All clinicians providing primary healthcare must screen their patients for alcohol misuse and provide brief counseling sessions to those who engage in heavy or binge drinking, says United States Preventive Task Force (USPTF) in a new recommendation statement issued on Monday.
The agency says that alcohol misuse is associated with "85,000 deaths per year" and is the "third-leading cause of preventable deaths in the U.S."
The USPTF released a summary of past research along with a draft recommendation. According to the research, about 30 percent of all people living in the U.S. drink more alcohol than recommended and engage in "risky drinking." Men are recommended to limit their alcohol intake to less than four standard drinks per day while women must try not to exceed three drinks a day.
Evidence from previous research suggests that brief counseling sessions of about 5 to 10 minutes can lower the risk of people becoming full-blown alcoholics later. The present study review along with a recommendation draft from the USPTF was based on 23 clinical research trials of which 11 were done in the U.S. The research review was conducted by Dr. Daniel Jonas and colleagues.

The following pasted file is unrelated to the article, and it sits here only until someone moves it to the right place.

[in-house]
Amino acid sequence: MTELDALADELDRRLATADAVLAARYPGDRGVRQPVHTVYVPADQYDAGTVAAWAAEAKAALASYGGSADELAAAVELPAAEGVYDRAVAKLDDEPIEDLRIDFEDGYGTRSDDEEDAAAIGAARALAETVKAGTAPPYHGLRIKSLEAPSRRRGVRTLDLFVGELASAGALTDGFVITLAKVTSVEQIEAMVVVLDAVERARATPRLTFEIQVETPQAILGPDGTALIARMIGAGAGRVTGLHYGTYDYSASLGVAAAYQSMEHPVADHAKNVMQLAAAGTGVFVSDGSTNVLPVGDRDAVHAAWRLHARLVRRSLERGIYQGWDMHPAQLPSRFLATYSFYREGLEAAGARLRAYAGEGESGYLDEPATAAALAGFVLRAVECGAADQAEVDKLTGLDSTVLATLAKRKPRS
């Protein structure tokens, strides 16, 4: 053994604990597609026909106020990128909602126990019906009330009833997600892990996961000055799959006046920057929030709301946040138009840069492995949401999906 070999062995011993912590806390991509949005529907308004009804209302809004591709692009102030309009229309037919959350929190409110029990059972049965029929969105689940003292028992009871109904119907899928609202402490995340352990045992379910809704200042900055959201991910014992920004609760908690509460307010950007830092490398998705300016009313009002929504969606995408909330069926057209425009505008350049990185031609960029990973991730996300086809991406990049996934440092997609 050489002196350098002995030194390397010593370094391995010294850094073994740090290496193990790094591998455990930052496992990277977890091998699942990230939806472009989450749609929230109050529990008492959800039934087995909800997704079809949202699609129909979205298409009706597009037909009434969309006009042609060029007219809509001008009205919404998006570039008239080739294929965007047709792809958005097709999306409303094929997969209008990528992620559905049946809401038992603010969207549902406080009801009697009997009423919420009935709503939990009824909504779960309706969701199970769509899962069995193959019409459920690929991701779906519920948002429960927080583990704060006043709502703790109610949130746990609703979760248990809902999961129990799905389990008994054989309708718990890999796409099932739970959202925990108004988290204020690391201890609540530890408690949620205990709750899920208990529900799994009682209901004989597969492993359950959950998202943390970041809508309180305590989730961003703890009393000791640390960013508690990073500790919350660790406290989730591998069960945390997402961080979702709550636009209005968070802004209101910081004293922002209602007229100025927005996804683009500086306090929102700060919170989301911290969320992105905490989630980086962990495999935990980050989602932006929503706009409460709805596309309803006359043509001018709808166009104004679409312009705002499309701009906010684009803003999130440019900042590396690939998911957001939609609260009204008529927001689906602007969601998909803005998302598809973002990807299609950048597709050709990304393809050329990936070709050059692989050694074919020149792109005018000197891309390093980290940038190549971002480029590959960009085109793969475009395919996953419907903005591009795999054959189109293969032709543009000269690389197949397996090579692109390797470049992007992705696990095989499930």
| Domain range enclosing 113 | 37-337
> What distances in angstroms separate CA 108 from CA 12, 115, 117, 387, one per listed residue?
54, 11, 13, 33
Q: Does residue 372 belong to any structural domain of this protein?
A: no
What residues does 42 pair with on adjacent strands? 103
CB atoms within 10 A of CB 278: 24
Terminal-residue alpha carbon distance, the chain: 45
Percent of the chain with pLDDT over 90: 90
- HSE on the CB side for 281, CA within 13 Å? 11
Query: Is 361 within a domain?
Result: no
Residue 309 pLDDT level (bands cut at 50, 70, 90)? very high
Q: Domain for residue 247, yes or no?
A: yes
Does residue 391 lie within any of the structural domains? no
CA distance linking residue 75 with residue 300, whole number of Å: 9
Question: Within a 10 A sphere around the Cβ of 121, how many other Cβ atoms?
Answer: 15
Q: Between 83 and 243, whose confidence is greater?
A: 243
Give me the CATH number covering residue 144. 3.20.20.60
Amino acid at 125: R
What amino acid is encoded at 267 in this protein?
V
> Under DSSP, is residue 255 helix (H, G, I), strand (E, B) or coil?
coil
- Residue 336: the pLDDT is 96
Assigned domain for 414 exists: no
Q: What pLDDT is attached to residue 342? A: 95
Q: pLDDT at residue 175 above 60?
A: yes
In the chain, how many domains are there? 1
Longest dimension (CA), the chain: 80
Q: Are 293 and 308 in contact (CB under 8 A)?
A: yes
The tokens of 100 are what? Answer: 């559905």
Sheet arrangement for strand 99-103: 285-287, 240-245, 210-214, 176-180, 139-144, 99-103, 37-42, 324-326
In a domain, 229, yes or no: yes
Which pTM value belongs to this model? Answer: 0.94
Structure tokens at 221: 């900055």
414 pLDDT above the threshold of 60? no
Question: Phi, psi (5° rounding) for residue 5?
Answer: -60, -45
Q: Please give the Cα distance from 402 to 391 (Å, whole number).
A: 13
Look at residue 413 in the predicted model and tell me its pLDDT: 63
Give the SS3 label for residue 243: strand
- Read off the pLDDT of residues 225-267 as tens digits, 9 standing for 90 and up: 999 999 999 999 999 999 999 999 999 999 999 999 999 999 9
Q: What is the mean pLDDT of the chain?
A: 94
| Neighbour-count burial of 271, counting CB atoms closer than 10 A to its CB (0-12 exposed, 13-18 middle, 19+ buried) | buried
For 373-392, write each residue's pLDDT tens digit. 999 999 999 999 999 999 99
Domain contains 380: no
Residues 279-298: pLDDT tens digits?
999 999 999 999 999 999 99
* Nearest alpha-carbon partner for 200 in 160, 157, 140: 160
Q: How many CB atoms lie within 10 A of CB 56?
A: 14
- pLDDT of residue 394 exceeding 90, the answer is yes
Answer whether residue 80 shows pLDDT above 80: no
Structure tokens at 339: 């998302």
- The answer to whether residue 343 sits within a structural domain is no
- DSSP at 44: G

"The really good interventions incorporate self-help materials, they incorporate an action plan made by the doctor and the patient - they're not just a prescription," said Dr. Daniel Jonas of the University of North Carolina at Chapel Hill, as reported by Reuters. Jonas led the research review but is not part of the USPTF.
Jonas and his team found that interventions from primary healthcare providers could lower alcohol consumption by 3.6 drinks, on average, when compared to no intervention while binge drinking and risky drinking was reduced by 12 and 11 percentage points, respectively, Reuters reports.
Primary healthcare workers will need to add 7.4 additional working hours if they have to follow all the guidelines of USPTF, says a study from Duke University.